Entering the Antrum
The trench forming the start of the Great Antrum was once covered over and situated under the floor of the Greek Temple. Thick streaks of waxy-looking stalagmites line the sides of the trench. This is due to centuries of exposure and water finding its way down here. The Serino aqueduct which runs over the Great Antrum was ruined in the 472 AD Pollena volcanic eruption. Centuries of water cascaded down.
Once we have dropped below the surface buildings, which sit on a terrace 23 metres (75 ½ feet) above sea level, we are in the narrow trench, itself just one metre wide (3 feet 3⅜ inches).
Where the tunnel enters the hillside it narrows even more, to about 0.55 of a metre (21 inches) – shoulder width, as the picture of Michael Baigent shows.
The tunnel continues into the volcanic crater wall in a perfectly straight line for 124.5 metres (408 ½ feet), maintaining its narrow width and a height of about 1.8 metres. Centuries of crystalline deposits line the floor to reduce the height from its original one.
What is an Antrum anyway?
Antrum is simply Latin for a cave. The term ‘Antrum of the Sybil’ for the tunnel at Cuma had been named previously, probably by its discoverer Amedeo Maiuri in 1932.
By association, Doc Paget called this tunnel ‘The Great Antrum’. It certainly exceeds the length of that seen at Cuma and is far more impressive.
The Roman Pipe
As Doc Paget observed in his book “In the Footsteps of Orpheus”, a Roman pipe once sat on a horizontal ledge, which we can see the supports for on the left of the trench. Inside the tunnel we can see a ledge has been crudely hacked for the pipe to continue on.
Doc had an idea that this was the steam inlet, as the pipe and ledge simply stop, somewhere near where the back of the Tholos tunnel is situated. He imagined the pipe then crossed the antrum and went into the Tholos.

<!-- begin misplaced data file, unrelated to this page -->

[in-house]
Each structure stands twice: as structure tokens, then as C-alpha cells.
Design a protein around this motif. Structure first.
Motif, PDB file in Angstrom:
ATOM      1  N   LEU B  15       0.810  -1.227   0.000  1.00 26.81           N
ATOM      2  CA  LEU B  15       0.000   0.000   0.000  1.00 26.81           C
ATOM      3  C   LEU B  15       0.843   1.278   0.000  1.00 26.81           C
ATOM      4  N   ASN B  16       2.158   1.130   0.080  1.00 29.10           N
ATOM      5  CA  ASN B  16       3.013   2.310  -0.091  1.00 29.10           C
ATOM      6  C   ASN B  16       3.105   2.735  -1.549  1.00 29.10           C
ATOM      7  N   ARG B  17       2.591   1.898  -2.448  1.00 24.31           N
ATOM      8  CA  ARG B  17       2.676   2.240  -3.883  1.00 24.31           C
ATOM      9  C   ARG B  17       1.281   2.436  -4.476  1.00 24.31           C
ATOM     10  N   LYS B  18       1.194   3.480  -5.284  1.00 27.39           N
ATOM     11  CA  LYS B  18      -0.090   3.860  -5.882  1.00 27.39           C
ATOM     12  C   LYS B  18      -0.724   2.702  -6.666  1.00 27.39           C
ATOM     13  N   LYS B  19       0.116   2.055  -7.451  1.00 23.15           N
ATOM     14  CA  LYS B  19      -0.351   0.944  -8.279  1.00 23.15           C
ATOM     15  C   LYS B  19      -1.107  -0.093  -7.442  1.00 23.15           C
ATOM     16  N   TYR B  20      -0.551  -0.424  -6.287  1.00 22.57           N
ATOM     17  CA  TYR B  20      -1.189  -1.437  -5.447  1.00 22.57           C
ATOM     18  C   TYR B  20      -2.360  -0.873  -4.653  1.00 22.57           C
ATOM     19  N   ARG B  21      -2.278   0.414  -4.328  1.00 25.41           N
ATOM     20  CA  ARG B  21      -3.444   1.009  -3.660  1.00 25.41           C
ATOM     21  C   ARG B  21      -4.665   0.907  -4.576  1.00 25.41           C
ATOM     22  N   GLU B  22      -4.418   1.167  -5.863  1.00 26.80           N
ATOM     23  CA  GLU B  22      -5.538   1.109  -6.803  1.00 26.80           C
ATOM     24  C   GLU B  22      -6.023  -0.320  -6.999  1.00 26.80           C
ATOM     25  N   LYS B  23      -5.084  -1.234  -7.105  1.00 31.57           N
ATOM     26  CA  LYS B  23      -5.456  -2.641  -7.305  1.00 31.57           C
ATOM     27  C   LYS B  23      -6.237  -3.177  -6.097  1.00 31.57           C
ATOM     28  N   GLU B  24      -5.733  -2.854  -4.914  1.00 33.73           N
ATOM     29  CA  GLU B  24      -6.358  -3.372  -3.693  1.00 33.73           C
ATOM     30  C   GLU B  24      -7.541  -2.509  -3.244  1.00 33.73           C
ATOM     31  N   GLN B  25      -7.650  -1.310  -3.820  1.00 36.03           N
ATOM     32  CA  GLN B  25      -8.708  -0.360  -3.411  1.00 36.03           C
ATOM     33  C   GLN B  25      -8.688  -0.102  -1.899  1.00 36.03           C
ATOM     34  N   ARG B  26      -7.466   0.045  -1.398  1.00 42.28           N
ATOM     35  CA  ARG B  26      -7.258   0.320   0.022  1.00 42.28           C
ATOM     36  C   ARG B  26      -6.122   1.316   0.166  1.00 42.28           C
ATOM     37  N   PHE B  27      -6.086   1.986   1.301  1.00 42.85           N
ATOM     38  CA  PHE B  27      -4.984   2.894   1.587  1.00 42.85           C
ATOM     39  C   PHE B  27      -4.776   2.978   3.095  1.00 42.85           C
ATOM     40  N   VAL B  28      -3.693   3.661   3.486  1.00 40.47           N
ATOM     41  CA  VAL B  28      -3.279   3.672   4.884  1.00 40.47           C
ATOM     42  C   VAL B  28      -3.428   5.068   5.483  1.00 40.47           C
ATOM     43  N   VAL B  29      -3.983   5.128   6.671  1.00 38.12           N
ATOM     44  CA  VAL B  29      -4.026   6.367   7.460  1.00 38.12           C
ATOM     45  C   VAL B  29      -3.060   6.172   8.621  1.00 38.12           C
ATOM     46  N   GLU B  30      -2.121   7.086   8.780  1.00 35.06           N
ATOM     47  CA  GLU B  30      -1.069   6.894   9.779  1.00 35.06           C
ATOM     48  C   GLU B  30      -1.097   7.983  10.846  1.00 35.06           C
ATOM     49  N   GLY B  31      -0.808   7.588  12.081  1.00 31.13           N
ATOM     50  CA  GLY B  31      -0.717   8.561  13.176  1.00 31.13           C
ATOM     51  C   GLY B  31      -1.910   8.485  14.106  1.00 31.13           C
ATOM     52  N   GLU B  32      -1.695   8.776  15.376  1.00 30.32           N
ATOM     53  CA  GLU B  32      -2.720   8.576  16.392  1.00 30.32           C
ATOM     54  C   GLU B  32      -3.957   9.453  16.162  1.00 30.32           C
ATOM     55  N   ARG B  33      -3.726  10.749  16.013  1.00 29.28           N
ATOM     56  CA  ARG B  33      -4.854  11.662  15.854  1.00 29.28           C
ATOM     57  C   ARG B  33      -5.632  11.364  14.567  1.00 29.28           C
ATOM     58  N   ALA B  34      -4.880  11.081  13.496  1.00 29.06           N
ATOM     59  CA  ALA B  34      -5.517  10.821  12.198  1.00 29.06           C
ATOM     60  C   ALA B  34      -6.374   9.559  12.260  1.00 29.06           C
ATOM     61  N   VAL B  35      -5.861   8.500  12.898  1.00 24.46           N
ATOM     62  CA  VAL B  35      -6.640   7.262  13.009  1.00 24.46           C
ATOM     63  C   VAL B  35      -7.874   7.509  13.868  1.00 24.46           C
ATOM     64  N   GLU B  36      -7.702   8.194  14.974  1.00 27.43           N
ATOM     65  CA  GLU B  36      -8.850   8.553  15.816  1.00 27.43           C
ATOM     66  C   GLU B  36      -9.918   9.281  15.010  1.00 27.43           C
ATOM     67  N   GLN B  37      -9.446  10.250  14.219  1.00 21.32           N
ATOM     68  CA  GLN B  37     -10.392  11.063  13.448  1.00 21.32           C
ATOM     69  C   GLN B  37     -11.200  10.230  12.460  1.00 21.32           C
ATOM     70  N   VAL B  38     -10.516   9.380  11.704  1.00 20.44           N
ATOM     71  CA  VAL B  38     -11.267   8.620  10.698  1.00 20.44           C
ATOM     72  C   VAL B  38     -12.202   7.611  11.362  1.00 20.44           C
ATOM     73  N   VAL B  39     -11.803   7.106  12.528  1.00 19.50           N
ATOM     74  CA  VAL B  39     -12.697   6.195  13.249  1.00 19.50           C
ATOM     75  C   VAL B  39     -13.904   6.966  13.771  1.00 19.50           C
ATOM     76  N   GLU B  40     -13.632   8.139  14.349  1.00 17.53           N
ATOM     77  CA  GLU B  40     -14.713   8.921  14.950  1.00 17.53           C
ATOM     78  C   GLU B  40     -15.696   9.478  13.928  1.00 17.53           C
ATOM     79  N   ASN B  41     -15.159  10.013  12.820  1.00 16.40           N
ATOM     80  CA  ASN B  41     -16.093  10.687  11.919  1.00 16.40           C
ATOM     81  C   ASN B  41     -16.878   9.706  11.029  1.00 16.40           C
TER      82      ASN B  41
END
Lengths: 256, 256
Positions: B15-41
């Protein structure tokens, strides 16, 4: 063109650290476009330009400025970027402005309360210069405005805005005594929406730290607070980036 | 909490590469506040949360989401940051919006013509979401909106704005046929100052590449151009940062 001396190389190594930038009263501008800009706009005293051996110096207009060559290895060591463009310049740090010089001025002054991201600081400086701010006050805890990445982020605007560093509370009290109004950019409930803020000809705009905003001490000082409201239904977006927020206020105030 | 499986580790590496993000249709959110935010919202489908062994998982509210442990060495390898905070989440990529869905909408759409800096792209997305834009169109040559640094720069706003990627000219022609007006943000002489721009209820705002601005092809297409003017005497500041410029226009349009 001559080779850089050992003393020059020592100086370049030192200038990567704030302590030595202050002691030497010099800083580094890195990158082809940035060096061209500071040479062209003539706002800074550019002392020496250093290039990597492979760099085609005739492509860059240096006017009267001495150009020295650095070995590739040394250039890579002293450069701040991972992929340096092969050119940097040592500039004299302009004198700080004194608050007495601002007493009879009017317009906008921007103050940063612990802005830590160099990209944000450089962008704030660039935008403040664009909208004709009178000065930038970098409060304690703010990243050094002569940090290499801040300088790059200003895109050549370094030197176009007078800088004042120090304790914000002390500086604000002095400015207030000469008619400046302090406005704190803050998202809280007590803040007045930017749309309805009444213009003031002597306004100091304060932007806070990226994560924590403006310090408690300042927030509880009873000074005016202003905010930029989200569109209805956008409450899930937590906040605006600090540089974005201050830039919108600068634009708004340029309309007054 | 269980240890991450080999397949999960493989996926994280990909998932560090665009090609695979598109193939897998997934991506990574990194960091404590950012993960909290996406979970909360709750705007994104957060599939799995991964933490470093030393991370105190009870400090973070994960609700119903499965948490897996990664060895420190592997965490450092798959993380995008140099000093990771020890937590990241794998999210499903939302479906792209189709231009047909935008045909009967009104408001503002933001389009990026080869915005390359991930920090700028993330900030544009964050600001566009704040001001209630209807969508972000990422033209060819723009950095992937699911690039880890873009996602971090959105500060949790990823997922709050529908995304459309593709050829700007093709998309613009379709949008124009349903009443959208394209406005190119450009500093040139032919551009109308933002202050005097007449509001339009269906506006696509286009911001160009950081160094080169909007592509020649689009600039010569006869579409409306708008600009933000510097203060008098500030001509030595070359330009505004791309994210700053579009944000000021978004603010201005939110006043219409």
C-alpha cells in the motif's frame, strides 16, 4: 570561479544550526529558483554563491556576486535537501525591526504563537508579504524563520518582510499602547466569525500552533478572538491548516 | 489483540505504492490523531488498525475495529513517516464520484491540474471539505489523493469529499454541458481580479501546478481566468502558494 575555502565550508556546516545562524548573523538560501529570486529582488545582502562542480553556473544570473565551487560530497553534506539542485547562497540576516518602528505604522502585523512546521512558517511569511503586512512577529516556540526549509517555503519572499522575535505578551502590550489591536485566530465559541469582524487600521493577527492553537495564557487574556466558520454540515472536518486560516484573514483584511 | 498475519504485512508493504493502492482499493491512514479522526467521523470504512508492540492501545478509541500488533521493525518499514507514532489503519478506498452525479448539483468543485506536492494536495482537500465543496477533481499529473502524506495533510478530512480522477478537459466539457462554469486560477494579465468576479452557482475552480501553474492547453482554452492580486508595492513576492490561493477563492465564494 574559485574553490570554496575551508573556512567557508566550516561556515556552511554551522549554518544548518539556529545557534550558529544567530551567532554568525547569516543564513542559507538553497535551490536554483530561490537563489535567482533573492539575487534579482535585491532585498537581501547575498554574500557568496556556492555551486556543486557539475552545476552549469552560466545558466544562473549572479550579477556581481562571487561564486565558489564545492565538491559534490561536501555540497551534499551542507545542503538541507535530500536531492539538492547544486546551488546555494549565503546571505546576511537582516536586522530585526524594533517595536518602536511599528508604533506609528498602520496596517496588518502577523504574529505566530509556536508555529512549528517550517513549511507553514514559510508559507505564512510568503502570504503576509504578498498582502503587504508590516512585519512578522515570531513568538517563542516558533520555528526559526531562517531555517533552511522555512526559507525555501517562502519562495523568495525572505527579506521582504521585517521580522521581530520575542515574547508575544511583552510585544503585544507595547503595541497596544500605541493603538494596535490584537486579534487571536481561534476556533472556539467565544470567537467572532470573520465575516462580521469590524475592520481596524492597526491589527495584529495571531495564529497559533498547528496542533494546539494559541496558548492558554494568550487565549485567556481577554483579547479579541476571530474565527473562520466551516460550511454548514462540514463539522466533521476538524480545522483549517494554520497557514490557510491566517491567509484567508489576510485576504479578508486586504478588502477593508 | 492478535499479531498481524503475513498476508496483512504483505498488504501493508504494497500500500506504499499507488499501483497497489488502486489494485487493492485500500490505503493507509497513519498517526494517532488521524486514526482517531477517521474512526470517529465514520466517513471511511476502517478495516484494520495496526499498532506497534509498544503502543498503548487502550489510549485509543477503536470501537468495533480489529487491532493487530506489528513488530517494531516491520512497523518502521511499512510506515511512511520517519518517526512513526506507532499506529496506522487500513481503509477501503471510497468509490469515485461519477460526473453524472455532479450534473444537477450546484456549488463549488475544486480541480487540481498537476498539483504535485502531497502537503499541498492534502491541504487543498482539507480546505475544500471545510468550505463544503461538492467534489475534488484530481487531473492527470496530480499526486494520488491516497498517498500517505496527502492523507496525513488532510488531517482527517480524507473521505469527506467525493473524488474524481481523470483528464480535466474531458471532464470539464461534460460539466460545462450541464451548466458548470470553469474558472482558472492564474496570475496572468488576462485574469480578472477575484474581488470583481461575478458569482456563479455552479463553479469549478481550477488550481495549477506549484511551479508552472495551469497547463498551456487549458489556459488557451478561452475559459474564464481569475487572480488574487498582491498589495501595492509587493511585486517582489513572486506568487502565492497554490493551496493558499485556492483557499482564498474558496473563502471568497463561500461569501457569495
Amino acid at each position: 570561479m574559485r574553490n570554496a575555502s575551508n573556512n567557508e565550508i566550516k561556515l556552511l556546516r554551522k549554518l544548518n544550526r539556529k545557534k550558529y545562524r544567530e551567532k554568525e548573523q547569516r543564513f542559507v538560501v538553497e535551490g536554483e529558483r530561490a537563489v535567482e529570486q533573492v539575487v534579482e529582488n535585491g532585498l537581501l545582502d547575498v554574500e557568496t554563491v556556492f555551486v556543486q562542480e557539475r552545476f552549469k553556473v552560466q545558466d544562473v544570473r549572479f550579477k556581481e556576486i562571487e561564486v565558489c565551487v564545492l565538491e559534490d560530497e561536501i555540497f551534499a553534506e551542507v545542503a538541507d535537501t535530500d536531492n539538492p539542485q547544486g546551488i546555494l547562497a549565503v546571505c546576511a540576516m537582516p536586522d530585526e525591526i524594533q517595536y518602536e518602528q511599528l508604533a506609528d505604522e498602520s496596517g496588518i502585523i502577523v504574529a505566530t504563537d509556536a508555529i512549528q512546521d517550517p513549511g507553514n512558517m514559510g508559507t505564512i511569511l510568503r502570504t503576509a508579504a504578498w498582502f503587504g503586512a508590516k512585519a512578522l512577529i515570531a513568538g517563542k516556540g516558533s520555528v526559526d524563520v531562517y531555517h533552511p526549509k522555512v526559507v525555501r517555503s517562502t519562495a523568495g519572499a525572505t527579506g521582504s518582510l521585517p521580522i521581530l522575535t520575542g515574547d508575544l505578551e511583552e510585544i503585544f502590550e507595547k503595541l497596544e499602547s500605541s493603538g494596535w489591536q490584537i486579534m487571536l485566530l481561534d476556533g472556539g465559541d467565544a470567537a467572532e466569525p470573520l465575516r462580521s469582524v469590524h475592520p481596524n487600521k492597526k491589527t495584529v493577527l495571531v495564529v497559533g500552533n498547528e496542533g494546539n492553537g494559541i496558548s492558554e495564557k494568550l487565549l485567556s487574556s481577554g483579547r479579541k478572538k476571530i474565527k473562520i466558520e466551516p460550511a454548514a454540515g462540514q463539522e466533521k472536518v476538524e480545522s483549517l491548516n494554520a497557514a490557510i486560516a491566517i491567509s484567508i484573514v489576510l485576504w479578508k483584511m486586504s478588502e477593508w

Those that have considered this theory find it unlikely and the Tholos pipe shows no sign that a pipe ever joined onto it, in fact the reverse, cement obscures the end of the Tholos pipe.
In 2014 Peter Knight and Graziano Ferrari removed the trash that was presumably left by the 2003 film crew.
Temple & Baigent
Robert Temple & Michael Baigent descended together in 2001. Official permission had been granted after 20 years of delicate negotiation. Robert Temple later made a film aired by National Geographic in 2003.
Today access is hazardous, requiring a tall ladder.
Majoring on cheap sensationalism, Director Bruce Burgess and front man Andrew Gough filmed at Baia in 2014 as part of the ‘Forbidden History’ series.
They concluded that the purely Roman military site at Lake Avernus, often described historically as the site of the Oracle of the Cumaean Sybil, better suited their notion of what the Oracle of the Dead should be.
Italy’s Invisible Cities (BBC)
Historian Michael Scott and front man Alexander Armstrong briefly explored the tunnels in an episode of Italy’s Invisible Cities.
Here Peter Knight escorts Alexander Armstrong into the tunnel complex.
Alexander Armstrong saw a scorpion at the underground water course and fled for the entrance. The cameraman continued a little further but likewise took fright at the sight of a small hole that required him to crawl through.
None of this prevented them from saying before they entered, for the very first time, that it was nothing but a steam channel for the Roman Baths, the conventional line.